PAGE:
Where Should A Backpack Sit On Your Back?
If you have back pain in Baltimore, Maryland, then the first step should be to reach out to a back pain doctor. The specialists at Ascension St. Agnes can help you understand the nature of your spine pain.
With compassion and attention to detail, we’ll help you treat your pain so that you can enjoy pain-free movement once again. That being said, it helps to understand some preventative measures in the meantime.
If you would like to hike or wear a backpack, then it’s easy to simply sling it over your shoulder and get to walking. However, you may not be aware that backpacks can actually cause pain in your back, shoulders, and neck.
So, let’s talk about good backpack habits to keep in mind. That way, you can ultimately reduce your level of pain going forward.
A lot of people with back pain in Baltimore end up asking “where should a backpack sit on your back?” This is one of the most essential parts of limiting back pain. But there are other factors to consider, like:
Make sure your backpack is properly suited to your specific body type. Both shoulder straps should be used instead of slinging over one shoulder. This may take another moment, but it can help you over the long run.
This ultimately distributes the weight across a wider area of your body. This relieves shoulder pressure. It also keeps the backpack from swaying and throwing you off balance.
If it extends past your waist, then this could cause acute pressure on muscles, ligaments, and joints and other areas of your body. Ultimately you want to keep the backpack from swaying from side to side. Maintaining proper balance is key.
When it comes to how to wear a backpack properly, the weight matters also. Try to reduce the weight of your backpack as much as possible. Ultimately it shouldn’t be more than 10% of your body weight.
So for instance if you weigh 170 pounds then 17 pounds would be the maximum. If you’re going on a multi-day hike then you may need to pack a little bit more. Still try to keep it under 20% of your body weight when it’s completely filled.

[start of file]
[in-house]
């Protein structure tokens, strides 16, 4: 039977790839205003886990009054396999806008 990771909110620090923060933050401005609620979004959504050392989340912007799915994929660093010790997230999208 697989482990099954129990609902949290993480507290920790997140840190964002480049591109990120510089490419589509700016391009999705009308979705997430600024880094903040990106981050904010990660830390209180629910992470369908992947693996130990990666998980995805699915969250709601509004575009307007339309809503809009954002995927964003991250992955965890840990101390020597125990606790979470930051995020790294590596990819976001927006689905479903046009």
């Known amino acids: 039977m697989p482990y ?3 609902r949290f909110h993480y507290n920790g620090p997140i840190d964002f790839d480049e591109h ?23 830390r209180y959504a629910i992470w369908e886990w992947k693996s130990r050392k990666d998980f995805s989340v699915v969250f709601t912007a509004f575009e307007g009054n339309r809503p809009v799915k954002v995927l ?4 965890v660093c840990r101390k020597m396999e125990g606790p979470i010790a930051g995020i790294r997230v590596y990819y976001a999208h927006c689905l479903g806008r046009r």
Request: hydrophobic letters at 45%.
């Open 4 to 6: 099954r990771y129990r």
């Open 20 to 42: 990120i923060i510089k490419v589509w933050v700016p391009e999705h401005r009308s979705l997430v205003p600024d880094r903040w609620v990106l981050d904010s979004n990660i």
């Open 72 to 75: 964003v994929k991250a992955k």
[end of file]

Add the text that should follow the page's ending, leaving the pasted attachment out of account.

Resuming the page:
You can use hiking boots and trekking poles to help distribute the weight as well. Ultimately also you want to build up. So if you’re not used to carrying more than 30 pounds per say you wouldn’t want to throw on more weight than that.
The point is to build up to the weight that you’re going for. And if at any point you experience back pain, visit a doctor.
Children should follow the same tips above that adults use, like avoiding a backpack on one shoulder. In other words, use both straps, tighten it up and try to keep the weight between 10 and 20% of the body weight.
Also try to organize the backpack items near the center of the pack. This reduces swaying.
When looking for an everyday backpack consider the following factors.
You don’t want the backpack to be wider than your torso. If you can see it’s extending out of the sides then it’s probably too wide.
Aim for adjustable straps. A hip belt is something that helps as well.
You want the backpack to sit around 2 inches below your shoulder. It should end at your waist. If it extends past your hips by more than a few inches then it could be too long and cause additional back strain.
The same tips go for hiking packs as well. If you’re going on multi-day treks you want to make sure the torso length doesn’t extend very long past your hips. Hip belts and shoulder straps should be a given.
You should be able to tighten the backpack so it almost becomes a second part of your body rather than swaying around and causing unnecessary strain on the back.
When you contact Ascension St. Agnes today, you’ll be connected with excellent patient resources. Our compassionate doctors will analyze your back pain and help you get in peak physical condition.
This will involve mechanics, stretching, sleep, medication, and even surgery. No matter what the best treatment for you is, we’ll provide you with comprehensive medical knowledge. That way, you’re not limited in doing anything that you want for your lifestyle freedom.